Breaking the Code – Part III

 The Unholy Union of Success and Failure

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The Unicorn by Batik Artist Bill Laux

The new external disk drive arrived. Hooray, it worked! I was able to retrieve one floppy after another. The feeling of success after such a long wait almost created a sense of euphoria. After checking some fifty disks with all those enticing file names, I came across only one disk that the floppy disk drive could not read. Some contained images, but most had text files all carefully numbered by chapters indicating that massive amounts of research were hidden on these archaic storage devices. That was exactly what I was hoping to find. I randomly picked one disk and transferred its content onto my harddrive. In our era abounding in giga- and terabytes, we easily forget the times when we had to struggle to make do with 3.5 kilobytes, with which the Vic-20, the dinosaur of ancient computer world, came so equipped. Still if the content was merely text and NOT the byte gobbling images and videos, then an entire novel of 800 pages would easily fit on a floppy disk.

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One of the Dozens of Floppy Disks with Bill Laux’s Writing

Now came that long expected moment to get a first look at Bill’s writing. From the first list of titles I could tell that their content dealt mostly with the political wrangling over the building of the great Canadian transcontinental railway, whose purpose was to unite the second largest country in the world.

27

Bill Laux Working on his Castle at the Arrow Lake in 1977

Full of anticipation, I double-clicked on chapter1.cwk. Like a lightning bolt out of the blue sky, I was struck by the ominous computer message on the screen, “Windows cannot open this file”. Upon further investigation, I discovered that the file extension cwk comes from the extinct word processor Clarisworks, which the Apple company had acquired in 1998, renamed it AppleWorks, but later on abandoned it after its final upgrade in 2004. Owning 4 different word processors, I was almost certain that at least one of them would be capable of decoding those archaic files. Having thus recovered from my disappointment, I loaded one text file into the queen of all word processors (of course, I am referring to Word by Microsoft). But its performance was a total disaster. All it could produce was a whole pile of gobbledygook on the screen. Similar results surfaced, when I tried the other three word processors. Great was my disappointment, but I was not yet ready to give up. How the story ends will be revealed in next week’s post on Bill Laux and his mysterious collection. So stay tuned.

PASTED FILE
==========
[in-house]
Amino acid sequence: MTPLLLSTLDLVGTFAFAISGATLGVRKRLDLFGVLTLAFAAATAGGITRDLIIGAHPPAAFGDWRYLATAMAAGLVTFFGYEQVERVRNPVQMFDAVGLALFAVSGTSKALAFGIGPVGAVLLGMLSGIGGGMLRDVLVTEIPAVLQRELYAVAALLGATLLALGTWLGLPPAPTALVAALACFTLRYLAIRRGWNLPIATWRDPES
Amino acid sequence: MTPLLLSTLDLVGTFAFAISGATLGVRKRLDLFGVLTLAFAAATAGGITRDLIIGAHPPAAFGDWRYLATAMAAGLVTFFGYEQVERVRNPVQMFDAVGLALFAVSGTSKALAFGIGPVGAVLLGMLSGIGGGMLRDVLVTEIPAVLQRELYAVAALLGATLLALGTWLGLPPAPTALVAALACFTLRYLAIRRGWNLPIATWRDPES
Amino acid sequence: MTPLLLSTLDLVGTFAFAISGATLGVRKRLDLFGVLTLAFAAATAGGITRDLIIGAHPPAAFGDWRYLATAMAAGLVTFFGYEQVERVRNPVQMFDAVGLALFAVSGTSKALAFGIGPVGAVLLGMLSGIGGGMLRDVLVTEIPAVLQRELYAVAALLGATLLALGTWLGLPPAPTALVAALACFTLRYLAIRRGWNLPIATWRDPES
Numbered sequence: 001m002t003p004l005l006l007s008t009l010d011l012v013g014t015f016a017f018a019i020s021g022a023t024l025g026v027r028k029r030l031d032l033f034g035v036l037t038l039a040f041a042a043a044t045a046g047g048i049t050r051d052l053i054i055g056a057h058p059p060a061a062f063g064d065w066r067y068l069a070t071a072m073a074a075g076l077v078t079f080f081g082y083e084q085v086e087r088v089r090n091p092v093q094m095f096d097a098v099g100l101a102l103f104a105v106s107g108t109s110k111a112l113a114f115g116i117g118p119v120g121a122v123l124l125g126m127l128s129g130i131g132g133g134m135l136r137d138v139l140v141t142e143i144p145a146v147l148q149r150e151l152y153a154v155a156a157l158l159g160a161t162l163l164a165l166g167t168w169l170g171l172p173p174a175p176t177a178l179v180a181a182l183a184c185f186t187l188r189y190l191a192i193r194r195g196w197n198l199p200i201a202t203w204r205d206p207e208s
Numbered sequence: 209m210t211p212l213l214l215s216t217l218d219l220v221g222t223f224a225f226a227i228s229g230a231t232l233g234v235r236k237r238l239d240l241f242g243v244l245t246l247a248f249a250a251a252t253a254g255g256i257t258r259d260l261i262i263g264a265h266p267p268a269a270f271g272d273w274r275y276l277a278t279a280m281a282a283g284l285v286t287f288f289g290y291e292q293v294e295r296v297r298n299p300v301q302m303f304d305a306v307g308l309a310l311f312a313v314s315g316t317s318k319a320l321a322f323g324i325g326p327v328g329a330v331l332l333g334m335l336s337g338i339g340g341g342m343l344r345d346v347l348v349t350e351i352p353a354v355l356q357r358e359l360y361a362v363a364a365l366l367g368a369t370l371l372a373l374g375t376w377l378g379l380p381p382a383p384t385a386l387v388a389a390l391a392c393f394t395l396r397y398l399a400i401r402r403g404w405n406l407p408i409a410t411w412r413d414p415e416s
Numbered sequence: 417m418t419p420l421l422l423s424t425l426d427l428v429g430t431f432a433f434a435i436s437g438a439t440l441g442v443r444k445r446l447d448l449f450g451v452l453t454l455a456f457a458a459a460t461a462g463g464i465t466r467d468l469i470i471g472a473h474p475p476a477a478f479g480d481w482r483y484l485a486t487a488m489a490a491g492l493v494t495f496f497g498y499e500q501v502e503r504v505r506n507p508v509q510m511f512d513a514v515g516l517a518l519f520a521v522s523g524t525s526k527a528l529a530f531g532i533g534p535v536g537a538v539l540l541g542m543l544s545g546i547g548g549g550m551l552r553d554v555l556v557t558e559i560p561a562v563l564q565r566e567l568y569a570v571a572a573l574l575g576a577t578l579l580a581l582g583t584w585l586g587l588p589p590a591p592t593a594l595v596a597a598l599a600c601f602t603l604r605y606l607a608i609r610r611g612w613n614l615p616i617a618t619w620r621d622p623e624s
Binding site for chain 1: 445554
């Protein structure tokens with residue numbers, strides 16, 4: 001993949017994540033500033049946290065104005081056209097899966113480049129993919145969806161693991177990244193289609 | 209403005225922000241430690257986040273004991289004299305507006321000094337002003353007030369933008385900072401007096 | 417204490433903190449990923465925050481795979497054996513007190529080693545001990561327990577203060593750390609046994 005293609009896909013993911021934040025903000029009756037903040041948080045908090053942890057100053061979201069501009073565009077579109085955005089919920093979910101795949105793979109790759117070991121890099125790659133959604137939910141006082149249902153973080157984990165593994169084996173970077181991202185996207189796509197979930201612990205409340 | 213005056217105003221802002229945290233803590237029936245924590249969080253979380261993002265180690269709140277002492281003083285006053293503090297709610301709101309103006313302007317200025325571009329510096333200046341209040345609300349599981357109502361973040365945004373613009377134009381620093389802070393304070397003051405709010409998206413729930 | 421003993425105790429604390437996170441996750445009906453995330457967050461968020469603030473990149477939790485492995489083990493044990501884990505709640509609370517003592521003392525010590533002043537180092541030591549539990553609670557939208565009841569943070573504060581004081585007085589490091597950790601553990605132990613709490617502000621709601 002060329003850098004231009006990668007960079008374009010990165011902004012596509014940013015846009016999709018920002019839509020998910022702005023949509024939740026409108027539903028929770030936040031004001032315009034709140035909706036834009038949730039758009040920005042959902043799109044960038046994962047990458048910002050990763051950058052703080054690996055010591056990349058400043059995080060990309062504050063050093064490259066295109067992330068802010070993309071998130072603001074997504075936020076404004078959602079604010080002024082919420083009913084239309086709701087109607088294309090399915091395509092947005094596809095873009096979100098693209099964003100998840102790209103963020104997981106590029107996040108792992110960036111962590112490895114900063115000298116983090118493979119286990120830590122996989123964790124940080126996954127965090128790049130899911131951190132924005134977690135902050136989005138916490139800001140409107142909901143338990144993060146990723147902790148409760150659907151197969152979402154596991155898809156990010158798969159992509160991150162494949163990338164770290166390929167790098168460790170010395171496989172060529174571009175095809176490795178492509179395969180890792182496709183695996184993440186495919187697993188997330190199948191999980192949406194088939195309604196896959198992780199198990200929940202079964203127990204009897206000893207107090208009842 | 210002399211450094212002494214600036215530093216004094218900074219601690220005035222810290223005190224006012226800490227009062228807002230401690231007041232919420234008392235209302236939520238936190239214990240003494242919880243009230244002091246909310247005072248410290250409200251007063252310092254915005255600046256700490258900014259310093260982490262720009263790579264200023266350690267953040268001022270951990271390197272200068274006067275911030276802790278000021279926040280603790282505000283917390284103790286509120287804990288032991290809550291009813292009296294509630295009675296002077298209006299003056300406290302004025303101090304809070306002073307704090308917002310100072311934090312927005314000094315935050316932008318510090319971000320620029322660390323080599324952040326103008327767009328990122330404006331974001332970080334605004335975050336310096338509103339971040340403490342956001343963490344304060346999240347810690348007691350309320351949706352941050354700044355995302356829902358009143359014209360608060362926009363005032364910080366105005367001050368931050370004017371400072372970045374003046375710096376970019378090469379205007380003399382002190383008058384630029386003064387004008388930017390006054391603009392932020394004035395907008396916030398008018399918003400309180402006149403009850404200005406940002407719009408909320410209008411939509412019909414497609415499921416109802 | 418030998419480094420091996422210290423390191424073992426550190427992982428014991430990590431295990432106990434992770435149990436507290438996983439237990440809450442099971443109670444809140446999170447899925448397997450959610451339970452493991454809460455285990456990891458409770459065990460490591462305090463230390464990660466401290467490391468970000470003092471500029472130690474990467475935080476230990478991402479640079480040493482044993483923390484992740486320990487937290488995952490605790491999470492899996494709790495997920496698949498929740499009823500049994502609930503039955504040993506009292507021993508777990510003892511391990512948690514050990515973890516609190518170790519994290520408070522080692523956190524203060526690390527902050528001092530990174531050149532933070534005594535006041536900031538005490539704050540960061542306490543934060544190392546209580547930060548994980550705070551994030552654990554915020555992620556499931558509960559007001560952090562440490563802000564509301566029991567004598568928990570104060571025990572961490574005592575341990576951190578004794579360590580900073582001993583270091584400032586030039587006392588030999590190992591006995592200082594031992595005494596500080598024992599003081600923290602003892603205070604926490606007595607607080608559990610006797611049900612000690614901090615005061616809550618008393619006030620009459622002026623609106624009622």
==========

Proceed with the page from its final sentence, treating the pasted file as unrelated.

7 comments

  1. jeannettepaterakis · December 6, 2016

    Great Peter ,that you try to resolve all these problems,but it is sure worth it.I wish you all the best,and I am curious about the following chapter.

    Liked by 1 person

  2. transmutation.me · December 6, 2016

    Hier werden aber wirklich keine Mühen gescheut, um die Nebel der Vergangenheit ein wenig zu lüften! Inspiriert von diesem Blog konnte ich zwischenzeitlich ein ehr banales Erbstück ein wenig dekodieren, das mein Vater zum 28. Geburtstag von seinem Unteroffiziers-Korps geschenkt bekam, ein Bierkrug mit Angabe der entsprechenden Wehrmachtseinheit. Nun weiss ich zumindest, wo er im Dezember 1942 gewesen sein muss durch Internet-Recherche, und das stimmt mit dem Wenigen überein, das er überhaupt jemals von dieser Zeit erzählt hat. Aber hieraus ergaben sich gleich viele weitere Fragen, was in der Natur der Sache liegt, wie es ja auch in diesem Post sehr gut zum Ausdruck kommt.

    Liked by 1 person

    • Peter Klopp · December 7, 2016

      Viel Glück, und das braucht man wirklich, bei der weitern Suche nach Daten über deinen Vater!

      Liked by 1 person

  3. arv! · December 7, 2016

    Happy to see the old disk ! Some memories…

    Liked by 1 person

  4. Ann Coleman · December 8, 2016

    I’d almost forgotten about those little discs that we stored all our stuff on! I hope you are able to find a way to retrieve the information, though….

    Liked by 1 person

  5. kushbugadiya · December 12, 2016

    Great

    Like

  6. Pingback: Breaking the Code – Part IV | The Peter and Gertrud Klopp Family Project

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